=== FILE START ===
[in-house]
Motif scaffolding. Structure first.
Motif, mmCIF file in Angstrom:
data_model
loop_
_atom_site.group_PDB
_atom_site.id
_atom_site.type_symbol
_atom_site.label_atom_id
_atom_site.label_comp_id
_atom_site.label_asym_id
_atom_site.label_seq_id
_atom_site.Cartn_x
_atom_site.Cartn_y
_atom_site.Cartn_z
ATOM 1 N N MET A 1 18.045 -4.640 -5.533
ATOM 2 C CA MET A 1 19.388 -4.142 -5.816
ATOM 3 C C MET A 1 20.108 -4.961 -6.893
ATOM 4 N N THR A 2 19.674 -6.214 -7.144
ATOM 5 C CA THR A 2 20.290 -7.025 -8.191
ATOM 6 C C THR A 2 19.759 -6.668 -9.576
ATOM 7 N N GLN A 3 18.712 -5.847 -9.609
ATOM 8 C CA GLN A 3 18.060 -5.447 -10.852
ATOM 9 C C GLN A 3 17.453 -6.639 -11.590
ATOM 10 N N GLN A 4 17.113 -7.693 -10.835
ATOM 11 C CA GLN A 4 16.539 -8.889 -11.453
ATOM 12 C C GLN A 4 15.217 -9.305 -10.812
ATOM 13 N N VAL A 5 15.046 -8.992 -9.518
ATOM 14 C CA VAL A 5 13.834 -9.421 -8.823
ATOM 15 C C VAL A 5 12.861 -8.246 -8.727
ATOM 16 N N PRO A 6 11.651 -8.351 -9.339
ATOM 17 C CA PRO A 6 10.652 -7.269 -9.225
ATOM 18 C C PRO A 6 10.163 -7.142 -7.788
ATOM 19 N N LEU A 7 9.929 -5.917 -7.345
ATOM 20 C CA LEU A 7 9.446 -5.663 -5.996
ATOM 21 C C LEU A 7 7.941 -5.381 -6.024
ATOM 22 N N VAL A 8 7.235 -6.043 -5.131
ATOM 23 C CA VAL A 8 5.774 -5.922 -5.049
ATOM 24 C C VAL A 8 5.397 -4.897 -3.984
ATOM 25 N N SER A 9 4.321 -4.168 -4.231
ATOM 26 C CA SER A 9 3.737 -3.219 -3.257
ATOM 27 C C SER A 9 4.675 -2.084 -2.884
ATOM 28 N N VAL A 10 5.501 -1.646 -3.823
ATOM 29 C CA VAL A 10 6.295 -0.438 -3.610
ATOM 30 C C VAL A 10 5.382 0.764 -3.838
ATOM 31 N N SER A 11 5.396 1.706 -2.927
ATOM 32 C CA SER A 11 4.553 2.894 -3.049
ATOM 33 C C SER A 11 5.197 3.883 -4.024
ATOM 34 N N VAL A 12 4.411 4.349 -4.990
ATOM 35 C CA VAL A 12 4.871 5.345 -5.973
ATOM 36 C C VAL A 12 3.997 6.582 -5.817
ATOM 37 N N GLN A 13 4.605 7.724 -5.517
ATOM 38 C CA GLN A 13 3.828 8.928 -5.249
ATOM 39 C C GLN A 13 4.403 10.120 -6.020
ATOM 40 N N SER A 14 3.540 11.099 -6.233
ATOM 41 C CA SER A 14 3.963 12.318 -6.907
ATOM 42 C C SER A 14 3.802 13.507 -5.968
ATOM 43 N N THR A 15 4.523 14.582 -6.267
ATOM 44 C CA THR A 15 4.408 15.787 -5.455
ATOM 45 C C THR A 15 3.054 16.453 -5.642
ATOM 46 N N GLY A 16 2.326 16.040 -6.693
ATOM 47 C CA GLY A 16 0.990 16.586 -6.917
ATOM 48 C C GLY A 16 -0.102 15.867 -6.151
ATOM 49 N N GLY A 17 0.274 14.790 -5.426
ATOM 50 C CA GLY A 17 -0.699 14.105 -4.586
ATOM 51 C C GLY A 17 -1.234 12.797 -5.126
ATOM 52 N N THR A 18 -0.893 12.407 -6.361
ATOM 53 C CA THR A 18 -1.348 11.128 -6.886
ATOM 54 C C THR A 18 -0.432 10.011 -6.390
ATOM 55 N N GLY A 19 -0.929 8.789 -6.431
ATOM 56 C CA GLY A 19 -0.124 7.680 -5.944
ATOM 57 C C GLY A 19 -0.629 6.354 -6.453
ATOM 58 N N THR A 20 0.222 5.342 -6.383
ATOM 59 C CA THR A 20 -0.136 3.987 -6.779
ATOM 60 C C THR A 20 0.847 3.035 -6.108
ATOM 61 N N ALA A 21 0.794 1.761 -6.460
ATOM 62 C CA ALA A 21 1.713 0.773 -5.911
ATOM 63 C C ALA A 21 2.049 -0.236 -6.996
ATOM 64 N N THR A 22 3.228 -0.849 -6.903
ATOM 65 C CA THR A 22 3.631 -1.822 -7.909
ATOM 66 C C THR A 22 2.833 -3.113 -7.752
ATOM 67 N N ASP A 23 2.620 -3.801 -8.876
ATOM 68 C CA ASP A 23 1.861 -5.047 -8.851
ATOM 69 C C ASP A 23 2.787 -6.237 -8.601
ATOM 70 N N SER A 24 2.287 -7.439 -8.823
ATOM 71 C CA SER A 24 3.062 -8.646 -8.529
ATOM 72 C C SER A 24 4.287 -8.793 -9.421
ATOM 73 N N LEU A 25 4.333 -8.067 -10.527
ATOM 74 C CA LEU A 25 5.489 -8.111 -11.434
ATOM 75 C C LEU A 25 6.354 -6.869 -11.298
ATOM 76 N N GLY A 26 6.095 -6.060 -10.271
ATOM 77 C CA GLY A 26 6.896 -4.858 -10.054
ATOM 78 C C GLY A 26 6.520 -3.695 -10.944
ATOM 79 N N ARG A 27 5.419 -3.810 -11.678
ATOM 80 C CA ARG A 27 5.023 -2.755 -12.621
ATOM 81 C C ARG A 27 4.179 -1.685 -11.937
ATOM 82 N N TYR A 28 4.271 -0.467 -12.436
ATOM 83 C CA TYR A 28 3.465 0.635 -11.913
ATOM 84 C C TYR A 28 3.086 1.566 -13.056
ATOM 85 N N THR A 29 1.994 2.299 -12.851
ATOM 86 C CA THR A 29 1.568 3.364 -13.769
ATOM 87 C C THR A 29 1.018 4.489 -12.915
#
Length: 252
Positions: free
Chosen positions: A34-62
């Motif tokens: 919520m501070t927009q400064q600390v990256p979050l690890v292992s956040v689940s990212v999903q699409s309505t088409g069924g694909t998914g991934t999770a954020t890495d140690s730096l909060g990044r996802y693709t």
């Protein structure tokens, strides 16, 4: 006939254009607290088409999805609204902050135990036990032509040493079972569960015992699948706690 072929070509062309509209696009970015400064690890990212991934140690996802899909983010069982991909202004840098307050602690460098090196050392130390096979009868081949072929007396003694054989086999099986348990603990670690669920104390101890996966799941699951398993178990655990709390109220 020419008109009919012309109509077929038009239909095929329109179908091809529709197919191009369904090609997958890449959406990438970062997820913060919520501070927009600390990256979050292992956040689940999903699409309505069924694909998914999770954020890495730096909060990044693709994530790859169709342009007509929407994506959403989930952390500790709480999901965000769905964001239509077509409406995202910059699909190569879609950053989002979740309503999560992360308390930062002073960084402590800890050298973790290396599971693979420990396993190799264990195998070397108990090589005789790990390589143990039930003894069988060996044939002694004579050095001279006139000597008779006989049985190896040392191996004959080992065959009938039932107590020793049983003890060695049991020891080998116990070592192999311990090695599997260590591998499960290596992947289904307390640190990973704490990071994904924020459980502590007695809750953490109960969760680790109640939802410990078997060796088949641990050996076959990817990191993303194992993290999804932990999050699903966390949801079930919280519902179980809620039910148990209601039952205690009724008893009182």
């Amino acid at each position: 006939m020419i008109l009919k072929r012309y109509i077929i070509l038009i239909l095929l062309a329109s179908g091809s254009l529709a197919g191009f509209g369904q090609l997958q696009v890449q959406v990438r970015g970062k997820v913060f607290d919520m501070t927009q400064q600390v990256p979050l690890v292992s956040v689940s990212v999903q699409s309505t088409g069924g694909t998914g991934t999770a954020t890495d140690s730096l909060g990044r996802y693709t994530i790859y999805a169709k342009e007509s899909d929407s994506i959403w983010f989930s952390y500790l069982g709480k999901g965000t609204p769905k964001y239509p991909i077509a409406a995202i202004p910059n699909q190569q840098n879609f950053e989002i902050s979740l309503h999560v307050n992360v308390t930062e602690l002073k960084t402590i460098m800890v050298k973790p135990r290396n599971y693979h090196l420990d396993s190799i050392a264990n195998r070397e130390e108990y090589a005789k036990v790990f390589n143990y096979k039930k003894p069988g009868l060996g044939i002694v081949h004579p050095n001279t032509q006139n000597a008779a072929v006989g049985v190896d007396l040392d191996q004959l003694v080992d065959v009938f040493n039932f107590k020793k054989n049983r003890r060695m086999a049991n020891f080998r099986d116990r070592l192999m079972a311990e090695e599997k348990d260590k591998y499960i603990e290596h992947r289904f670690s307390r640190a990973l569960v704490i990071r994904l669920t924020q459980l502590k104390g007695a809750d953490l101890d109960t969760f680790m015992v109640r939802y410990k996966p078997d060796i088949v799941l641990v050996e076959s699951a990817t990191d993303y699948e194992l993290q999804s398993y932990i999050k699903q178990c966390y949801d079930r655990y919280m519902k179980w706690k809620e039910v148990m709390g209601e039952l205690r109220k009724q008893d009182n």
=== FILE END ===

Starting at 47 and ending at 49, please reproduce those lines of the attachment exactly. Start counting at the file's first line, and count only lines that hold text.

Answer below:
ATOM 32 C CA SER A 11 4.553 2.894 -3.049
ATOM 33 C C SER A 11 5.197 3.883 -4.024
ATOM 34 N N VAL A 12 4.411 4.349 -4.990